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Feral pigs cause damage to crops, farms

newspaperFeral pigs come in all shapes and sizes and can quickly cause trouble for farmers. They rip and root their way through the ground in search of food, leaving behind damage to farms. Their wallowing activities cause property damage, soil compaction and erosion. They also eat and destroy field crops and may harbor diseases harmful to domestic hogs.

Feral swine are in at least 35 states with a nationwide population of more than 5 million, causing approximately $1.5 billion in damages and control costs in the United States each year. That includes at least $800 million in direct damage to agriculture, according to the U.S. Department of Agriculture.

Feral swine have been in Virginia for 400 years, and they’re increasingly becoming a bigger problem.

Since 1993, the U.S. Department of Agriculture’s Wildlife Services and the Virginia Department of Game and Inland Fisheries have tracked feral swine populations in Virginia to keep on top of the problem. The state has four historical populations, said Glen Askins, terrestrial wildlife biologist manager for the state game department.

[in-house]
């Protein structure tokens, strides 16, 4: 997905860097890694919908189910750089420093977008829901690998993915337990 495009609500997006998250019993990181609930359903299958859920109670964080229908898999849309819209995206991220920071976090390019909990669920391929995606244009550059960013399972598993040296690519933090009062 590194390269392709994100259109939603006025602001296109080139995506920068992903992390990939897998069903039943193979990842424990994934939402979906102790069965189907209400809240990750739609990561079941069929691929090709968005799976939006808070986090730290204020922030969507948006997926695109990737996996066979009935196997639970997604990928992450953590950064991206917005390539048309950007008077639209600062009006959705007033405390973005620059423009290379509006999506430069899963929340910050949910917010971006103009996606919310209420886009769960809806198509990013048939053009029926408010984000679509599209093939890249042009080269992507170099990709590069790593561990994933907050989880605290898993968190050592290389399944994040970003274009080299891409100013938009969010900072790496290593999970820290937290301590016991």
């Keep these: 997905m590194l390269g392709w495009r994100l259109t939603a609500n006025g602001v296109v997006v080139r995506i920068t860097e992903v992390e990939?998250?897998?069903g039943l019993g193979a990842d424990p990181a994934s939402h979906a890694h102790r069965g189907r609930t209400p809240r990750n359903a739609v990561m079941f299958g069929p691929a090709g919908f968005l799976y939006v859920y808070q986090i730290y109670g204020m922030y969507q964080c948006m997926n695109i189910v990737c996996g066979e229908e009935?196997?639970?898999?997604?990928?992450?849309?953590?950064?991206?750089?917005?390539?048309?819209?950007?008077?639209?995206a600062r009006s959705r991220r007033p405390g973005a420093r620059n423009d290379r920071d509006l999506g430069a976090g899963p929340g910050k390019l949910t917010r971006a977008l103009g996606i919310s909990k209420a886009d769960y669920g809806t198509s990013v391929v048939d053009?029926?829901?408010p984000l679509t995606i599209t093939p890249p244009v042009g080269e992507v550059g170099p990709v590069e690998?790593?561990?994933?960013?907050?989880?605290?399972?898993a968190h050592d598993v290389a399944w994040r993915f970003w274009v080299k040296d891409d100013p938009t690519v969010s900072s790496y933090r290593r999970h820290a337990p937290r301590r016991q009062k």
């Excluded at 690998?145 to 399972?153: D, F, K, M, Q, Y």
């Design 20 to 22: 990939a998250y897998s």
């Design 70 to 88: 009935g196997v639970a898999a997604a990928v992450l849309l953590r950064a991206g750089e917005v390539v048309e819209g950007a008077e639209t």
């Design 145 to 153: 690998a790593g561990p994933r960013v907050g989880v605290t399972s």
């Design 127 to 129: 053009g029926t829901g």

“The historical populations are in the city of Virginia Beach, the Orange and Culpeper areas and in the Southwest in Bland and Scott counties,” Askins said. “There are other breeding populations in Halifax, Nottoway and Fauquier counties. In addition, feral swine have been reported in 22 additional counties. “Small populations continue to crop up, but we want to make sure the small groups don’t connect to the large historical groups.”

Wilmer Stoneman, associate director of governmental relations for Virginia Farm Bureau Federation, said the concern with feral or wild pigs is how easily they can resort back to their wild instincts and how quickly they breed.

“They can have a litter of piglets in the wild in a short period of time and have multiple litters in a year,” he said. “They can become loose for a short period of time and resort back to their wild instincts quickly. No other animal out there that can resort back to wild state and begin causing trouble that quickly.”

The usda Wildlife Services Program in Virginia has been funded for the first time to address the feral swine problem, so there should be more help for farmers and others with damage issues.

Anyone who experiences damage from hogs is encouraged to call the Virginia Wildlife Conflict Helpline at 855-571-9003.

“Pigs don’t have wings, so they don’t migrate, but people are releasing hogs into the wild and that’s a problem,” Askins said. “Since we don’t have a large problem right now in Virginia, we’re trying to be proactive and identify groups and remove them before they become established.”


augusta free press
augusta free press